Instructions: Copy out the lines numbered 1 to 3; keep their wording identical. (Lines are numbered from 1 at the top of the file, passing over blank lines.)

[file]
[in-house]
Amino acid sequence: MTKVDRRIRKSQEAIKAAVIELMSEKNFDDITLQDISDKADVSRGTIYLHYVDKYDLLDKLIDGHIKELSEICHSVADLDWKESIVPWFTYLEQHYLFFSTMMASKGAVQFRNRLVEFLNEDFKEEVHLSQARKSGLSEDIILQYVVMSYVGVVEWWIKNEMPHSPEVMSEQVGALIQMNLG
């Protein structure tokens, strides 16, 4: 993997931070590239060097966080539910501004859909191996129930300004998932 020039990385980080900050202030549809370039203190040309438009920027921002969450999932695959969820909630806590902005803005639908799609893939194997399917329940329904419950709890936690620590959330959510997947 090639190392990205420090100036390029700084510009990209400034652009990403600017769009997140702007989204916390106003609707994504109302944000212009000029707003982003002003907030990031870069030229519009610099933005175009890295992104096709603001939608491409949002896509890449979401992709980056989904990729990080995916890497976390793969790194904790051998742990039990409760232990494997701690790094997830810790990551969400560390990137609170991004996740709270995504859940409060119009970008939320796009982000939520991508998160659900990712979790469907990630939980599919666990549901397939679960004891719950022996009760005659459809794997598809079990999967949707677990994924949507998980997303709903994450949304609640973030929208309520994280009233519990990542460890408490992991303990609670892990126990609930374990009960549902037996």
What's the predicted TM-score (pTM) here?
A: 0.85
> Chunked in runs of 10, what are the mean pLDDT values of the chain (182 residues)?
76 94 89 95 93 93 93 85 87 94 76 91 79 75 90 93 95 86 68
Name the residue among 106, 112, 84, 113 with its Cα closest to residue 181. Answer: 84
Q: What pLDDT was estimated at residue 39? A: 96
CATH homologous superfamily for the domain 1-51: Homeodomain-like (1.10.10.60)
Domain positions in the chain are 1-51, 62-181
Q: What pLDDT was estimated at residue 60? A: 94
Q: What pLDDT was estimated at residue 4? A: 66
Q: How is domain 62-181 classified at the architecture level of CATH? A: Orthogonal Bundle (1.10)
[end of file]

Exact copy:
[in-house]
Amino acid sequence: MTKVDRRIRKSQEAIKAAVIELMSEKNFDDITLQDISDKADVSRGTIYLHYVDKYDLLDKLIDGHIKELSEICHSVADLDWKESIVPWFTYLEQHYLFFSTMMASKGAVQFRNRLVEFLNEDFKEEVHLSQARKSGLSEDIILQYVVMSYVGVVEWWIKNEMPHSPEVMSEQVGALIQMNLG
């Protein structure tokens, strides 16, 4: 993997931070590239060097966080539910501004859909191996129930300004998932 020039990385980080900050202030549809370039203190040309438009920027921002969450999932695959969820909630806590902005803005639908799609893939194997399917329940329904419950709890936690620590959330959510997947 090639190392990205420090100036390029700084510009990209400034652009990403600017769009997140702007989204916390106003609707994504109302944000212009000029707003982003002003907030990031870069030229519009610099933005175009890295992104096709603001939608491409949002896509890449979401992709980056989904990729990080995916890497976390793969790194904790051998742990039990409760232990494997701690790094997830810790990551969400560390990137609170991004996740709270995504859940409060119009970008939320796009982000939520991508998160659900990712979790469907990630939980599919666990549901397939679960004891719950022996009760005659459809794997598809079990999967949707677990994924949507998980997303709903994450949304609640973030929208309520994280009233519990990542460890408490992991303990609670892990126990609930374990009960549902037996």